Interview with Australian artist Kate Shaw about her psychedelic landscapes
Kate Shaw’s surreal and dream-like landscapes have captured the imagination of many, from New York, to Paris, to Melbourne. She took time out of her busy schedule to answer a few questions about her creative process and the places that inspire her to create her vibrant and powerful interpretations of our environment.
You were commissioned by the Museum of Brisbane for the Projections on William Jolly Bridge. How was that experience for you and how did you feel about the change in canvas?
I loved it. It was amazing to see my work inserted into the landscape on such a large scale. I would love to do more of this, especially with my new video work
You have a very unique method of creating your paintings. Can you take us through the typical process of creating one of your artworks?
Most of the time I really need to experience a place before I make work about it. Recently, I did a residency at SIM in Iceland that allowed me to travel to some amazing places there. The lava flows and melting glaciers create incredible sculptural forms, which inspires how I translate this into the paintings. I am very visceral. Other times, I am inspired by some scientific fact, such as that illustrated in Isao Hashimoto’s work, ‘1994-1998’. With these works – for the exhibition ’Nightingale’, for instance – I chose different locations were nuclear testing had occurred and tried to imagine a nuclear flash moment.
Are there any specific influences that made you realize you wanted to focus on nature and landscapes as your subjects?
A visit to Central Australia in 2004 really helped me coalesce ideas about the materiality of paint and how this could connect with the material world through landscape. The sedimentary layers of rocks literally looked like the paint I was playing around with in my studio, and it started from there.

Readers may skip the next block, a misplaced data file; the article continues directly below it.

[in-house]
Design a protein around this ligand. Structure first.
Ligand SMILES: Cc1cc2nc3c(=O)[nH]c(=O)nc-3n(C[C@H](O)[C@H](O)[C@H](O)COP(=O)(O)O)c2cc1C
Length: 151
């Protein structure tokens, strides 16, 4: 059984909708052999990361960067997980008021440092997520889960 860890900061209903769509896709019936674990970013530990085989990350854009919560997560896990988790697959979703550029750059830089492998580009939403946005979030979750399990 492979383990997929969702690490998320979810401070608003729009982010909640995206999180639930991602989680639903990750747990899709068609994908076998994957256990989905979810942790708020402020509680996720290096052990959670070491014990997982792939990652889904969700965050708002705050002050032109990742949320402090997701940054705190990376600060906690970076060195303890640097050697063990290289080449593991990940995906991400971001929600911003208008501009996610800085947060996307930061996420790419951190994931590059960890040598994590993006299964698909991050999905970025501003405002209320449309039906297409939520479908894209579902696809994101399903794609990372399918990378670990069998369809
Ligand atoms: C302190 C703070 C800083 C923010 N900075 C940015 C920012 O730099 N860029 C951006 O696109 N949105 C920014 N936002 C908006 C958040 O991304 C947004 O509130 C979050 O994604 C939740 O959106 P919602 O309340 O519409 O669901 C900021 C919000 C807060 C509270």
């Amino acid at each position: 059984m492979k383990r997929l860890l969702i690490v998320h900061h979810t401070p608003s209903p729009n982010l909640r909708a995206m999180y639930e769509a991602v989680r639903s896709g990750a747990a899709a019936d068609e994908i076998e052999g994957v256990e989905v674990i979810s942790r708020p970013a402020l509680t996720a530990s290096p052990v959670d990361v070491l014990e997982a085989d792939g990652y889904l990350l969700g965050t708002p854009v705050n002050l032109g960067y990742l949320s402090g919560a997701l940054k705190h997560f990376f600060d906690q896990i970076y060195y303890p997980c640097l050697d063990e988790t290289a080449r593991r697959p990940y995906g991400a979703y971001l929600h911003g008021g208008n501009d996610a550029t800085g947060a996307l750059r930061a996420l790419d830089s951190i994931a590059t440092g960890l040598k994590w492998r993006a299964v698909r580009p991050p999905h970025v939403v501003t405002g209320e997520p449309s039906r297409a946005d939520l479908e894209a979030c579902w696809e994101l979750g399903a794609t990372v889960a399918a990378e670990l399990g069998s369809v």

What special places in Australia do you like visiting for inspiration? In terms of places in Australia
All of it is pretty amazing, but particularly where you can see evidence of what an old continent it is. For example, Uluru is a 400 million year old rock which you can reach out and touch. I love the idea of touching ‘time’.
You’ve had exhibitions in cities as diverse as New York, Los Angeles, Beijing, Paris, Sydney, Melbourne, and Brisbane. What was the difference in reception between these cities when they first saw your otherworldly and psychedelic works and which city was your favourite?
I love the diversity and energy of New York, and have spent about half my time there over the last seven years. I visited Beijing for the first time in 2011 and was blown away by the layers of history that were literally in front you: old Houtong and high-rise, old men in Mao suits and hipsters. It was a fascinating place. The art precinct 798 is incredible too, there is a sense that something will transform into something else overnight!
I have had great reception to my work in Australia and the US. People seem both intrigued and intoxicated by the works, I like that everyone brings their own interpretation to them, like a Rorschach test. I will be showing early next year in Hong Kong at the Cat Street Gallery as well as the Art14 in London, so this will give me a better idea of Asia and Europe regarding my work.